It’s important to know 1) what your roof rack’s load capacity is and 2) the max spread of the roof rack bars so that you can determine whether a given roof top tent is going to fit. The bar’s spread is the distance between the front and rear roof rack crossbars.
You should almost never mount a rooftop tent on a factory rack, or you risk breaking the rack and maybe even damaging your vehicle’s roof.
These tents can weigh upwards of 150 pounds and feature aluminium and steel pieces. An aftermarket roof rack might be required.
Some rooftop tents fit entirely inside the travel case (ladder and all) and others require you to transport the ladder inside your vehicle.
You also need to consider what else you plan on taking with you.
Some tents will leave you space for other gear like bikes or kayaks, and other hard shells provide storage space on top for gear. Some give you space to mount a storage panel.
The bottom line is: get something that is going to jive with your traveling/camping style.
Hard or soft shell tent option
Hardshell tents usually look sleeker and are more aerodynamic (which tends to translate to less drag and better fuel economy for your vehicle).
The downside of hard shells, however, is that you usually don’t get panoramic views in them. Softshell tents, on the other hand, give you 360-degree views, which I prefer when camping in really open, scenic spots like beaches and large forest clearings.
Most of the affordable rooftop tent options on the above list sleep 2 (sometimes 3) people, but there are others that can sleep up to 5. The larger ones are able to comfortably fit a king-size mattress.
Of course, the larger the occupancy, the more material, the bigger the mattress, plus more body weight, means you’re going to have to deal with a substantially heavier tent. You definitely need to consider what your vehicle can handle and how much help you are going to have in setting up a heavier piece of gear.
Ease of set up
Some hardshell roof tents have an easy setup and only require a small push, while most of the softshells (including all of the cheap rooftop tents on the above list) require manual opening and the insertion of awning bars.
The weight of the tent is also something you will want to factor into your purchase. Most people buy a roof top tent to camp out with at least one other person, which means an extra set of muscles for putting the thing up.
If, however, you are planning on setting it up on your own, bear in mind that there is some heavy lifting involved any time you set up a roof top tent.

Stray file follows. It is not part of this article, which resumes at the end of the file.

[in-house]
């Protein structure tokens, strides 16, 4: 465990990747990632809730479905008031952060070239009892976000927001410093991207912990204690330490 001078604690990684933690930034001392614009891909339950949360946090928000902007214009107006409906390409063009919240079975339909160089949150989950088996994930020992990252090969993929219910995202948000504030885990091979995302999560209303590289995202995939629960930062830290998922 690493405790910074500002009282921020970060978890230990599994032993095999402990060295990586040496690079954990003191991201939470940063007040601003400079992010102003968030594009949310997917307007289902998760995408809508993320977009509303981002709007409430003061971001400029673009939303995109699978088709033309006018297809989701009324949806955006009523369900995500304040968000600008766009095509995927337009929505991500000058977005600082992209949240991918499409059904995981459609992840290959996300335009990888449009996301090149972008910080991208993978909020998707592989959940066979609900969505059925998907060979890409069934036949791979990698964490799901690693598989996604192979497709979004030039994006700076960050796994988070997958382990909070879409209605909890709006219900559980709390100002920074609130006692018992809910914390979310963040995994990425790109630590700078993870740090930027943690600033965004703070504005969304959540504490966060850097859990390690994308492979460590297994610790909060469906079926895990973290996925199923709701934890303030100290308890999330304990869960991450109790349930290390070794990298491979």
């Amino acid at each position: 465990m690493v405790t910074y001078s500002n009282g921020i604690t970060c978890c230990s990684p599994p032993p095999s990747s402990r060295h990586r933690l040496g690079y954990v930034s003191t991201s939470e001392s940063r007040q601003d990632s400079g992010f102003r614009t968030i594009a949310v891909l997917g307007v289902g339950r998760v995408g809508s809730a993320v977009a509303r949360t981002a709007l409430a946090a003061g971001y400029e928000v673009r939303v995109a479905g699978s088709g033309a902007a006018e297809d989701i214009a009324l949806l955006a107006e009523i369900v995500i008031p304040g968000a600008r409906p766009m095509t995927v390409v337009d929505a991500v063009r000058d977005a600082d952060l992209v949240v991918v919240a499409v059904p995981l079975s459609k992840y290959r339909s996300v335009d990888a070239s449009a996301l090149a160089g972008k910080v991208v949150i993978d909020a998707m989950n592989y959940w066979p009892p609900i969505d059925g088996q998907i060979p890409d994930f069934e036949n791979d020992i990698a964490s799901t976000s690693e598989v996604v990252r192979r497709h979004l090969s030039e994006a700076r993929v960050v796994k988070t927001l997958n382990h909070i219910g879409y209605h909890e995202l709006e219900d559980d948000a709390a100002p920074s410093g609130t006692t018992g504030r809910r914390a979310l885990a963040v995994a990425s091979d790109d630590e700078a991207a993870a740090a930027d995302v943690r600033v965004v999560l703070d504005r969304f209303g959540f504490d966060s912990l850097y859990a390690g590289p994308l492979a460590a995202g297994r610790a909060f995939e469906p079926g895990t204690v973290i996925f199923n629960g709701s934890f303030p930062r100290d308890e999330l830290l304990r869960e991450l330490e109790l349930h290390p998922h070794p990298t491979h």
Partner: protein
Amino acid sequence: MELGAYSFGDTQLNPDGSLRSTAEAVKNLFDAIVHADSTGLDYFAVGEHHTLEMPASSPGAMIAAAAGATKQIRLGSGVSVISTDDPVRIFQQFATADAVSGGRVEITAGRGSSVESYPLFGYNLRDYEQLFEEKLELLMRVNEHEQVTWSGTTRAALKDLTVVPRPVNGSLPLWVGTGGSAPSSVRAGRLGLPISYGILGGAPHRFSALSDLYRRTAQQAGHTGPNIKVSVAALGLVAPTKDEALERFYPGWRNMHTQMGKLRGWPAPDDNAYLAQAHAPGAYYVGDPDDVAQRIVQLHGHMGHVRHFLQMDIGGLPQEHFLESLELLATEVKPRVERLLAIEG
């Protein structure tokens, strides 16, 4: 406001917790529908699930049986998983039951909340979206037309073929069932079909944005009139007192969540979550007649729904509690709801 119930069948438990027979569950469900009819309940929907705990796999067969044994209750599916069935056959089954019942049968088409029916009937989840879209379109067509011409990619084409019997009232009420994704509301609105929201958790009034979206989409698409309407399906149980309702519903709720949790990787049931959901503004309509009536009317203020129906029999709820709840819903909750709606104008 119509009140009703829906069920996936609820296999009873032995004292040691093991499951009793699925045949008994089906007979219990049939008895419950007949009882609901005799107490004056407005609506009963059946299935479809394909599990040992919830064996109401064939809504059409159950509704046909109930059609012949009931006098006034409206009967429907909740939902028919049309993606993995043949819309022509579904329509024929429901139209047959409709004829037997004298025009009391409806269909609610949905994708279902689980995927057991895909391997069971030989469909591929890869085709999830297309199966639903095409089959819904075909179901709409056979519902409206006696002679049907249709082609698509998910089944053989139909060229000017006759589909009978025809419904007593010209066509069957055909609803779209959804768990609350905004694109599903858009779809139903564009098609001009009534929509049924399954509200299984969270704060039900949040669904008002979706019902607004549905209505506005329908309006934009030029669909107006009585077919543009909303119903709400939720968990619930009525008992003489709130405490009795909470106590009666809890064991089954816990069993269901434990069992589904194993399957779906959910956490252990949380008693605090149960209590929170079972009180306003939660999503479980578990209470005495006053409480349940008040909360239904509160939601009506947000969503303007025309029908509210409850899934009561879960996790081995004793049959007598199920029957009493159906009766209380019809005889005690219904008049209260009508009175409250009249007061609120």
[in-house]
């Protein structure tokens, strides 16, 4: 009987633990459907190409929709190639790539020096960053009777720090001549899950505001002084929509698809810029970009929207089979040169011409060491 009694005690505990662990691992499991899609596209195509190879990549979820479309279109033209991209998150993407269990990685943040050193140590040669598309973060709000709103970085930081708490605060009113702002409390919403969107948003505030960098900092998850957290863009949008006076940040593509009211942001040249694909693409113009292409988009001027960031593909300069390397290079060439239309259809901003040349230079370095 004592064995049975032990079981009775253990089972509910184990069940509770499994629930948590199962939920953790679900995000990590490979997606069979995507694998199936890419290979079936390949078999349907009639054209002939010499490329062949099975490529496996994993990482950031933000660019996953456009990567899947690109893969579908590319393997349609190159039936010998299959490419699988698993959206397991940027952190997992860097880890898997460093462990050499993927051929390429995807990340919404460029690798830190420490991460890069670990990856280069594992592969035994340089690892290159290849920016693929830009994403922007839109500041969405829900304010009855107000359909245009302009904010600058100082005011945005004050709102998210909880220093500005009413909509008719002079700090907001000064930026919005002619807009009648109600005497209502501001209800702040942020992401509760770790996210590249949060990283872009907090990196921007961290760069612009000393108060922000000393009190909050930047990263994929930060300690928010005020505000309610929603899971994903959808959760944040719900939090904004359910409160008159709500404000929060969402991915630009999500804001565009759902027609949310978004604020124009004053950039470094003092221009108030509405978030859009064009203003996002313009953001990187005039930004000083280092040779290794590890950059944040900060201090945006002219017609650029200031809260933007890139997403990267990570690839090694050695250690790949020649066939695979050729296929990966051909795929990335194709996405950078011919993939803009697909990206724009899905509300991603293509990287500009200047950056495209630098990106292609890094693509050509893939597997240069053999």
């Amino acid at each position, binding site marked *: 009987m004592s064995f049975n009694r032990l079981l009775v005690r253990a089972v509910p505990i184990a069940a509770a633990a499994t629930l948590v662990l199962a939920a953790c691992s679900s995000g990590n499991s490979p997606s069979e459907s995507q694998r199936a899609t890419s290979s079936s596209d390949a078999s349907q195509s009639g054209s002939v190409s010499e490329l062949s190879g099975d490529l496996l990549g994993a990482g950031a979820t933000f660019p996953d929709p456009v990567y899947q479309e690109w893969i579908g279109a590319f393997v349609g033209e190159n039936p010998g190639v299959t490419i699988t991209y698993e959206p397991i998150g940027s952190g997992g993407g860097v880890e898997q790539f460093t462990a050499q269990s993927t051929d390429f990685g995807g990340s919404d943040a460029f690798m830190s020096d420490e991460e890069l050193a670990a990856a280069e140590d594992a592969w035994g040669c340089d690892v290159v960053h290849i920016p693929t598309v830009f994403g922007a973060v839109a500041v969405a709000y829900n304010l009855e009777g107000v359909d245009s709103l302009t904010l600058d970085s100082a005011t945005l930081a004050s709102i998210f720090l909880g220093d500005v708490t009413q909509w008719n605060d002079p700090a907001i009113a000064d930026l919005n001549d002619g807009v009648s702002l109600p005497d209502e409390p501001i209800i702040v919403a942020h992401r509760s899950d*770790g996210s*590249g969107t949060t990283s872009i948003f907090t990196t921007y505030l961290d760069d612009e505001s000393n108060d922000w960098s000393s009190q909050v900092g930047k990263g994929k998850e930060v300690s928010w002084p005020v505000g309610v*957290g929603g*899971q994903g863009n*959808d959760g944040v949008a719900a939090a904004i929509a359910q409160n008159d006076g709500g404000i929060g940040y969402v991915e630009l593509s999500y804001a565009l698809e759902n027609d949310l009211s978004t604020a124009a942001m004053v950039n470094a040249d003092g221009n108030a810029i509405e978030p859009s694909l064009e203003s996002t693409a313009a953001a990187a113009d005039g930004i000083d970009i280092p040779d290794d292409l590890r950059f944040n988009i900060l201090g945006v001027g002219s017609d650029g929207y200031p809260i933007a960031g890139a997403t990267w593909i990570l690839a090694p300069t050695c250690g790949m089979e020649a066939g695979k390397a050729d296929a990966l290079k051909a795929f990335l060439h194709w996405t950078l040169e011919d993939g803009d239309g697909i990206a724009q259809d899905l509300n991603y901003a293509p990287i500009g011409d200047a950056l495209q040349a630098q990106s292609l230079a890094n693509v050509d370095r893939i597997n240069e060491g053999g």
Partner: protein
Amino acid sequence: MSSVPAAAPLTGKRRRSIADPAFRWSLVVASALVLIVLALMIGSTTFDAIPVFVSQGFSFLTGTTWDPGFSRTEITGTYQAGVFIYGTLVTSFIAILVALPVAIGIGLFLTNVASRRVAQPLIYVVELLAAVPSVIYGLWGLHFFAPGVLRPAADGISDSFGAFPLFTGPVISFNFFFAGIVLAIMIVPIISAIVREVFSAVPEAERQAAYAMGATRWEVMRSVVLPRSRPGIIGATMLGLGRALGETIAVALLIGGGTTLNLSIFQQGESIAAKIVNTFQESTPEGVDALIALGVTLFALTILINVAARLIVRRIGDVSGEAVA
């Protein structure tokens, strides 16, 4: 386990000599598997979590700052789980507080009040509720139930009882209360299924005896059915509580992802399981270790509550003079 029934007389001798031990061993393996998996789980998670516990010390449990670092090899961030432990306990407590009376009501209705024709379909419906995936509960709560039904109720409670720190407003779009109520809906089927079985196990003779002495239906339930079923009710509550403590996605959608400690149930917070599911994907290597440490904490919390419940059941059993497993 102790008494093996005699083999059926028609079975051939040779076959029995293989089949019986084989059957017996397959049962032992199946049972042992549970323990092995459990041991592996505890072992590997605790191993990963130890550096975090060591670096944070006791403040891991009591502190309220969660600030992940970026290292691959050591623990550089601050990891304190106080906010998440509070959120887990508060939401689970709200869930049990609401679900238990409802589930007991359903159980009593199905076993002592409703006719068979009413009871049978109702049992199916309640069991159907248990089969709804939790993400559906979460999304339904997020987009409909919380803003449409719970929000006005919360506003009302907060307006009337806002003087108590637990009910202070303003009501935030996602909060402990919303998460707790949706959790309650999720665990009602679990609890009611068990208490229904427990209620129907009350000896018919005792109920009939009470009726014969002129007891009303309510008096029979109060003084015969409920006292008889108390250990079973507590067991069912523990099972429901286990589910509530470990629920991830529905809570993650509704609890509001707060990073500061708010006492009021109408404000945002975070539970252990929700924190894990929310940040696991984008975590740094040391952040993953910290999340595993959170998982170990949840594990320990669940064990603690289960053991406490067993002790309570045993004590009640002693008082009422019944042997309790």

Additional Gear/Camping Supplies to Make Roof Tent Camping More Comfortable
All of the options I’ve chosen for my cheap rooftop tents list come with built-in foam mattresses, but there are a few other things you’ll likely want to invest in to make roof top tent camping more comfortable (including potentially a third-party mattress if you don’t have a lot of confidence in the one included).
A Good Third-Party Mattress
As mentioned, the options in the above review all have foam mattresses that come with the tent, but I personally would rather choose my own mattress.
If you are looking for a highly-rated air mattress, consider something like the EZ INFLATE Double High Luxury Air Mattress.
I prefer sleeping on memory foam over an air mattress. Yes, it’s more bougie, but they are much more comfortable in my experience (especially if you have a bad back). Something like the Matrix Air Cell Memory Foam Camping Mattress Pad is great. The biggest it comes in is twin, but a couple of them together is a great night’s sleep for two people.
A Camping Blanket
I don’t like sleeping outdoors without a blanket, even in hot climates. I feel exposed and I like having fabric in between my arms and legs because skin-on-skin can get really sweaty.
For warm weather, something like the DANGTOP Bamboo Cooling Blanket is really nice because it’s super comfortable and breathes nicely while still keeping you warm.
For temperate and colder weather, something like the Utopia Bedding Sherpa Bed Blanket is really nice.
A Hanging Lantern
Most rooftop tents are going to have attachment points for things like lamps and lanterns. I highly suggest a lantern while camping, especially in a roof top tent. Not only is it nice to have some illumination inside your tent while you chill at night, but it’s also nice to be able to turn on a light when you need to descend the ladder at 3am to go to the bathroom etc.
Something like the Sinvitron Rechargeable LED Lantern is a nice, inexpensive light that you can suspend from the ceiling. It’s got different light modes, so you can adjust the light colour and brightness as you see fit.